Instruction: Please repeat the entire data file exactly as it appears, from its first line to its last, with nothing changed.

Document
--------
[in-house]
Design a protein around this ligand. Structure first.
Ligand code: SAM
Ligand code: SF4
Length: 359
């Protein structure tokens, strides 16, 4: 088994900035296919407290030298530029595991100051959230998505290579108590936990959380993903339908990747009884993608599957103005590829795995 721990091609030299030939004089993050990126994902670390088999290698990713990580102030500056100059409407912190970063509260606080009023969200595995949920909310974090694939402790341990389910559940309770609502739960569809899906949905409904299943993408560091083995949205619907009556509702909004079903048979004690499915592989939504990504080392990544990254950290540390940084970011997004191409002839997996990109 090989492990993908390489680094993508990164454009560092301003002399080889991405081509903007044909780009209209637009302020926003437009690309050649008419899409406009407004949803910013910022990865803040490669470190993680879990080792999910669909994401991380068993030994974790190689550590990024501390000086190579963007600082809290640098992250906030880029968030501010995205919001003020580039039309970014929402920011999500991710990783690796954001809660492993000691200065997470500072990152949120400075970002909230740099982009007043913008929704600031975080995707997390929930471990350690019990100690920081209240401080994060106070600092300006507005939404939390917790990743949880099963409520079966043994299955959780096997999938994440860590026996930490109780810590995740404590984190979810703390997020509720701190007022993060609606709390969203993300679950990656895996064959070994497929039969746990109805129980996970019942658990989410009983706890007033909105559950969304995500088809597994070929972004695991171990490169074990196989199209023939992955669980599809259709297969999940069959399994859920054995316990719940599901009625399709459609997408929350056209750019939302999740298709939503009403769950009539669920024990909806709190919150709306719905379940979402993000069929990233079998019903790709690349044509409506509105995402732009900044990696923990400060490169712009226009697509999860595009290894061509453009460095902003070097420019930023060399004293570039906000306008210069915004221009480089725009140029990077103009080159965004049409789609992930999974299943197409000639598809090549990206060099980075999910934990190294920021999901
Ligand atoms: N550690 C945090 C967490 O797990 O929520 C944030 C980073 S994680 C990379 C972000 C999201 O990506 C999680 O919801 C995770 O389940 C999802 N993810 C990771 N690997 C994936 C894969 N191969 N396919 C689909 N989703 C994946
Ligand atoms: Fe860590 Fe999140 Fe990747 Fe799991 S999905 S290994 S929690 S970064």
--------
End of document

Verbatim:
[in-house]
Design a protein around this ligand. Structure first.
Ligand code: SAM
Ligand code: SF4
Length: 359
């Protein structure tokens, strides 16, 4: 088994900035296919407290030298530029595991100051959230998505290579108590936990959380993903339908990747009884993608599957103005590829795995 721990091609030299030939004089993050990126994902670390088999290698990713990580102030500056100059409407912190970063509260606080009023969200595995949920909310974090694939402790341990389910559940309770609502739960569809899906949905409904299943993408560091083995949205619907009556509702909004079903048979004690499915592989939504990504080392990544990254950290540390940084970011997004191409002839997996990109 090989492990993908390489680094993508990164454009560092301003002399080889991405081509903007044909780009209209637009302020926003437009690309050649008419899409406009407004949803910013910022990865803040490669470190993680879990080792999910669909994401991380068993030994974790190689550590990024501390000086190579963007600082809290640098992250906030880029968030501010995205919001003020580039039309970014929402920011999500991710990783690796954001809660492993000691200065997470500072990152949120400075970002909230740099982009007043913008929704600031975080995707997390929930471990350690019990100690920081209240401080994060106070600092300006507005939404939390917790990743949880099963409520079966043994299955959780096997999938994440860590026996930490109780810590995740404590984190979810703390997020509720701190007022993060609606709390969203993300679950990656895996064959070994497929039969746990109805129980996970019942658990989410009983706890007033909105559950969304995500088809597994070929972004695991171990490169074990196989199209023939992955669980599809259709297969999940069959399994859920054995316990719940599901009625399709459609997408929350056209750019939302999740298709939503009403769950009539669920024990909806709190919150709306719905379940979402993000069929990233079998019903790709690349044509409506509105995402732009900044990696923990400060490169712009226009697509999860595009290894061509453009460095902003070097420019930023060399004293570039906000306008210069915004221009480089725009140029990077103009080159965004049409789609992930999974299943197409000639598809090549990206060099980075999910934990190294920021999901
Ligand atoms: N550690 C945090 C967490 O797990 O929520 C944030 C980073 S994680 C990379 C972000 C999201 O990506 C999680 O919801 C995770 O389940 C999802 N993810 C990771 N690997 C994936 C894969 N191969 N396919 C689909 N989703 C994946
Ligand atoms: Fe860590 Fe999140 Fe990747 Fe799991 S999905 S290994 S929690 S970064």